DHL Express offers an easy label-free returns service. With this, your customer makes a return request which sends a QR code to their smartphone. They can then take the parcel to a DHL Service Point (located in convenient spots like high streets and retail parks) or book a courier pick-up. Their QR code will then be scanned, and the parcel handed over into the safe hands of DHL Express. Simple! Less printing, more convenience, and sustainable, too!
Transparency is key. A customer returning a product to your business should be kept updated regularly. Be sure to send them a message once you have received their return, and once you approve their refund – with details on how long they should expect to wait before receiving it in their bank account.
Every product that is returned essentially doubles its carbon emissions output. But, there are some sustainable steps you can take to reduce the impact. Partnering with a sustainability-focused logistics carrier is one option. DHL’s GoGreen Plus service allows customers to reduce the carbon emissions associated with their shipments through the use of Sustainable Aviation Fuel.
A big challenge for small businesses is managing returns with limited staff. But there are several technologies to help you automate – and thus streamline – different stages of your returns management:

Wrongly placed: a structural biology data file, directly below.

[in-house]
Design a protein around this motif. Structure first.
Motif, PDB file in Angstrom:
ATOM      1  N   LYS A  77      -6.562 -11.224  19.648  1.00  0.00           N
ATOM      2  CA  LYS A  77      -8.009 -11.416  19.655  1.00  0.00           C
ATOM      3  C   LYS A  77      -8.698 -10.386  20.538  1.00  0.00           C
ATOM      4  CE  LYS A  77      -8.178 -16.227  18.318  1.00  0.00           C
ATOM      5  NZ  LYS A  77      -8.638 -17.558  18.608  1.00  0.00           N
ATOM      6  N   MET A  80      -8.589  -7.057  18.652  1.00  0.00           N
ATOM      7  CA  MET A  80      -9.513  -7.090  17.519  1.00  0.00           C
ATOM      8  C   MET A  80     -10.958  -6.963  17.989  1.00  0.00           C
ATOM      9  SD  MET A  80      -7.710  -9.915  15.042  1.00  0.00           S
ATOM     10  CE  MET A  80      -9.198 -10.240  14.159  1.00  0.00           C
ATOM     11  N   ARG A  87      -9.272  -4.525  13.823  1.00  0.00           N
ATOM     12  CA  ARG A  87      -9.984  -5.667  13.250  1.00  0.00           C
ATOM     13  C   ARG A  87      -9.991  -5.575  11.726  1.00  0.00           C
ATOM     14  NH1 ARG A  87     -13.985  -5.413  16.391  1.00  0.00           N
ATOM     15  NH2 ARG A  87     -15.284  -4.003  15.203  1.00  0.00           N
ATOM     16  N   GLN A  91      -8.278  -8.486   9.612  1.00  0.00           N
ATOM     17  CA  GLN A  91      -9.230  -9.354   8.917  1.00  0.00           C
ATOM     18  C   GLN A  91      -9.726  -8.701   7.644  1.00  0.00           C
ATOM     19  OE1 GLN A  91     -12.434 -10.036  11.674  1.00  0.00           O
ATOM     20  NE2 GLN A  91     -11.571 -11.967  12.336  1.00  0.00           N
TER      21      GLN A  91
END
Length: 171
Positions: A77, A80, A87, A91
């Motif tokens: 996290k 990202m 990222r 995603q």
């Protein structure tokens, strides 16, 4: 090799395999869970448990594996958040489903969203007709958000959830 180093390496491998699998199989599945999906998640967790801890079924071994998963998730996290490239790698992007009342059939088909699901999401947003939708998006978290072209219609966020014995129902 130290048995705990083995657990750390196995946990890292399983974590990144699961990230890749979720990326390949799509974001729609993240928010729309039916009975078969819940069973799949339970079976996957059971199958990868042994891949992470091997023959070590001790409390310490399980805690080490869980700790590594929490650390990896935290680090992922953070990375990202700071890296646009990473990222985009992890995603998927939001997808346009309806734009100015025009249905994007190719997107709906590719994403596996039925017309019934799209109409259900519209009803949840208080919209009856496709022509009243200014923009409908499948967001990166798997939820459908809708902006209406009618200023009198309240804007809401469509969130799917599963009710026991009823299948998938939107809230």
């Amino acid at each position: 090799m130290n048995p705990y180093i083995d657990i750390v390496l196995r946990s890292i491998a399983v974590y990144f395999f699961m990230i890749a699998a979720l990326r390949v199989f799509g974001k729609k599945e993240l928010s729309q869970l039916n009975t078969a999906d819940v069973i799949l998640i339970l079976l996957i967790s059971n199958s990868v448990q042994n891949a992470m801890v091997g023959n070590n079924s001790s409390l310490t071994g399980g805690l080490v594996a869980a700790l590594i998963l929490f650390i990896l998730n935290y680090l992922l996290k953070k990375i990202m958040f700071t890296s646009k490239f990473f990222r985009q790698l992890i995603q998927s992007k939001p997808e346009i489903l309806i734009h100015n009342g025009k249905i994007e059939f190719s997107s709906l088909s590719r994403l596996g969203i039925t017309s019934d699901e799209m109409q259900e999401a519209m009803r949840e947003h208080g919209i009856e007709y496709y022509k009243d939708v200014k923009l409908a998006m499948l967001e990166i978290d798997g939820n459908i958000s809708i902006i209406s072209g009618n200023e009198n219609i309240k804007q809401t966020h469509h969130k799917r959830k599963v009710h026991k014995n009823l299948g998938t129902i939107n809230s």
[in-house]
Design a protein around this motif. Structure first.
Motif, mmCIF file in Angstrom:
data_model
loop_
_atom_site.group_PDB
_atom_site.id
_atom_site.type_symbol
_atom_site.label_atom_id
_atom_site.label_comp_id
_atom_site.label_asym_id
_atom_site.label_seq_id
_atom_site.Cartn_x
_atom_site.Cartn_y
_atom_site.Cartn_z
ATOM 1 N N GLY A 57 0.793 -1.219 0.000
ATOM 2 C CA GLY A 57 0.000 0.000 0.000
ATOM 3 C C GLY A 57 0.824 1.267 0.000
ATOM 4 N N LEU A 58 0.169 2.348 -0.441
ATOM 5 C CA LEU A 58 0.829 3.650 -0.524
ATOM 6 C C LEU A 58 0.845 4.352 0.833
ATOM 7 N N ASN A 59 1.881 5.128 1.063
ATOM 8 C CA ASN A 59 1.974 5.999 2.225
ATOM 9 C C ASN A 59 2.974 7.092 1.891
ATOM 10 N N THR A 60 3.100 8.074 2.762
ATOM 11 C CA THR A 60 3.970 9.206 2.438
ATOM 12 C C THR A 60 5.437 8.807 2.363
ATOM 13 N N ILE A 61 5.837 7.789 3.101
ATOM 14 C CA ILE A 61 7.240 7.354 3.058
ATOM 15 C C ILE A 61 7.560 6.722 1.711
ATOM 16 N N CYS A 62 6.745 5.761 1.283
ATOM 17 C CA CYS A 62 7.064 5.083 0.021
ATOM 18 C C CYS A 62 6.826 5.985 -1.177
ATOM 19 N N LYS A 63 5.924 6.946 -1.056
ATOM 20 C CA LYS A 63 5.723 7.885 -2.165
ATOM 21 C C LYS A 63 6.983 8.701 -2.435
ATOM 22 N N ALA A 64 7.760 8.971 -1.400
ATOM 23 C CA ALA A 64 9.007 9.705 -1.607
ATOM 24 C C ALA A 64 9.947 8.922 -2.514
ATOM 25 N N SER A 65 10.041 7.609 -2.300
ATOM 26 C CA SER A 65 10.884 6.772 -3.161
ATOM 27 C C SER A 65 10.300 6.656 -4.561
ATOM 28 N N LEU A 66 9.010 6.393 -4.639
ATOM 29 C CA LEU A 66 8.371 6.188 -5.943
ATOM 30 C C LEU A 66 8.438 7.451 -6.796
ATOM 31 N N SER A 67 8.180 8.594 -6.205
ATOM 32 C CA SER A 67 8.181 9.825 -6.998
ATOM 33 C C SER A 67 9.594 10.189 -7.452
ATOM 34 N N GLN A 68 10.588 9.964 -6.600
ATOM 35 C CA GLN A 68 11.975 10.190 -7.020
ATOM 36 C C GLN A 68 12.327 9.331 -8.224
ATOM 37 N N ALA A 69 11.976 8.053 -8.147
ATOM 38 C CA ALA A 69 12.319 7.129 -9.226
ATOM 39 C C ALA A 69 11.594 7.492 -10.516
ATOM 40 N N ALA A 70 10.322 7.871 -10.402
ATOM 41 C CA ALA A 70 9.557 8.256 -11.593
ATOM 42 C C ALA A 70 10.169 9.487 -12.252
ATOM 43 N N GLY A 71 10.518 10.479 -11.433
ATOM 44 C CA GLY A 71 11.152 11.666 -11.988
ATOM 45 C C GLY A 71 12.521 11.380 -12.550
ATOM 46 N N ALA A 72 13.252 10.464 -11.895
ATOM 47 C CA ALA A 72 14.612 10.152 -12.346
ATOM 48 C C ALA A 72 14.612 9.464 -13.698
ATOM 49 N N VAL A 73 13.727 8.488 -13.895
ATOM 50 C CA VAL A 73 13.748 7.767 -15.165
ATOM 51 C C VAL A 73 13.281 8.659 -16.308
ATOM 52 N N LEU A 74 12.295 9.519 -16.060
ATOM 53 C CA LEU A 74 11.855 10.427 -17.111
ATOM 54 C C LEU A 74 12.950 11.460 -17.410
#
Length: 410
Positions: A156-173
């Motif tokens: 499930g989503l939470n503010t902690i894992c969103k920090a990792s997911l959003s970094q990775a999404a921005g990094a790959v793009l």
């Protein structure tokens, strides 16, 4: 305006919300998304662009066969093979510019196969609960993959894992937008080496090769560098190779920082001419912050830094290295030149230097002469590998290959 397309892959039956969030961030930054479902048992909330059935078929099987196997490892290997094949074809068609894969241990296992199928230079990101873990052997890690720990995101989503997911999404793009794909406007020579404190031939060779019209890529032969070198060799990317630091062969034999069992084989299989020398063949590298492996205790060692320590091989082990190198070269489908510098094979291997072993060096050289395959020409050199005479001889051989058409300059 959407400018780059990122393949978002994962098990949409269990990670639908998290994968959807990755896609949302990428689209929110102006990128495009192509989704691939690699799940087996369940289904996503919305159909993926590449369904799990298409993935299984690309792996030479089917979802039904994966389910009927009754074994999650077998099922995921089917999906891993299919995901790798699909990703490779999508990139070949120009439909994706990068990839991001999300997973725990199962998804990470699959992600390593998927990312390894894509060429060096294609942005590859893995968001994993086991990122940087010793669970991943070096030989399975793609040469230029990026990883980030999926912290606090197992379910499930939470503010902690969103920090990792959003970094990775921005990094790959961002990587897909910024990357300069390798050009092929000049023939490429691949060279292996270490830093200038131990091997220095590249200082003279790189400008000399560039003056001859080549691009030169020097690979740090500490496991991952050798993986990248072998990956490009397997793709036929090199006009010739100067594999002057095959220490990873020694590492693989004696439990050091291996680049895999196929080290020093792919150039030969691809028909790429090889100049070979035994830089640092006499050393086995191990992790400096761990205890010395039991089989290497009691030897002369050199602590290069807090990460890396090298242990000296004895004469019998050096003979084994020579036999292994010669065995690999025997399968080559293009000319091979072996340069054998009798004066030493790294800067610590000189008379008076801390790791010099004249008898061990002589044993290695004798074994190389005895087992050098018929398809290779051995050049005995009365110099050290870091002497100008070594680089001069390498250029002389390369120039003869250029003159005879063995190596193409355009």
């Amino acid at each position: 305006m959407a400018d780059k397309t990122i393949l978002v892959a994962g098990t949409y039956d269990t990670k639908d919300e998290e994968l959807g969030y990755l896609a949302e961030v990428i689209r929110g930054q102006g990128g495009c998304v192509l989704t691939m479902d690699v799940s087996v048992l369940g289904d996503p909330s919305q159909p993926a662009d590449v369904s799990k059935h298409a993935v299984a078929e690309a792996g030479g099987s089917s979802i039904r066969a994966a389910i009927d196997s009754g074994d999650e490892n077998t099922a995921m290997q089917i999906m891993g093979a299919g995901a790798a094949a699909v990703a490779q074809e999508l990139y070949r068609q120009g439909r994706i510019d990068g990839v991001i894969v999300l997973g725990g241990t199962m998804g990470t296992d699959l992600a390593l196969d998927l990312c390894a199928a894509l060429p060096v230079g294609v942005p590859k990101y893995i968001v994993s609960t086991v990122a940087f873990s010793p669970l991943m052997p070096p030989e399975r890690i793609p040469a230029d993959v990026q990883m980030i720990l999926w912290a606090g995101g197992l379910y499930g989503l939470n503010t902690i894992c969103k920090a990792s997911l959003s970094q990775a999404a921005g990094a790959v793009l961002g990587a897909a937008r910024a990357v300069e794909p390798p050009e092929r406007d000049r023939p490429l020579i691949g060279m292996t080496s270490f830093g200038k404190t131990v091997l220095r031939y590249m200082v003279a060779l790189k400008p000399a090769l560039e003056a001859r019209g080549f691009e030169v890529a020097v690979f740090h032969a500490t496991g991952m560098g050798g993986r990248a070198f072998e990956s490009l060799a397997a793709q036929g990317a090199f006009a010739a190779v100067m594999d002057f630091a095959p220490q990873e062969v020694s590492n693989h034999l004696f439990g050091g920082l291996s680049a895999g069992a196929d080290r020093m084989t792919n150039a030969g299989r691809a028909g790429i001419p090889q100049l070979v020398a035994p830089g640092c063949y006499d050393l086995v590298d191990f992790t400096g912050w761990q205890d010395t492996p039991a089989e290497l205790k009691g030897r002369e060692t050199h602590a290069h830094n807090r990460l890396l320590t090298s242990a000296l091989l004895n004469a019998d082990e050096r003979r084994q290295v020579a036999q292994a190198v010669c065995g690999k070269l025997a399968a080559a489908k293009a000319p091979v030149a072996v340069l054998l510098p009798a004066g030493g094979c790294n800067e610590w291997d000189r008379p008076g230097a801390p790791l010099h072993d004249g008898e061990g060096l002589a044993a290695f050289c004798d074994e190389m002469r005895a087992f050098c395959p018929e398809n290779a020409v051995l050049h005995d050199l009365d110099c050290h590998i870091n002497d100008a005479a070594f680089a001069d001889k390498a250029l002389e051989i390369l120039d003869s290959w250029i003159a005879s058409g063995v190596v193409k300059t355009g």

AI is driving innovations in returns management including:
For online retailers, augmented reality (AR) can help them reduce their returns rate in the first place. In the apparel industry, for example – where return rates are particularly high – many brands are enlisting AR “try-on” technology so customers can visualize how a garment will look before they commit to buy.
Small businesses without the resources to invest in such technology should instead focus on providing accurate and thorough product descriptions on their website, with plenty of high-res photos and videos. Be sure to answer customers’ questions quickly, too!
As this article has shown, the importance of implementing effective returns management practices cannot be understated. Your customers – and your bottom line – will notice! Remember these key takeaways:
With a DHL Express Business Account, you’ll receive support from the experts for every part of your logistics.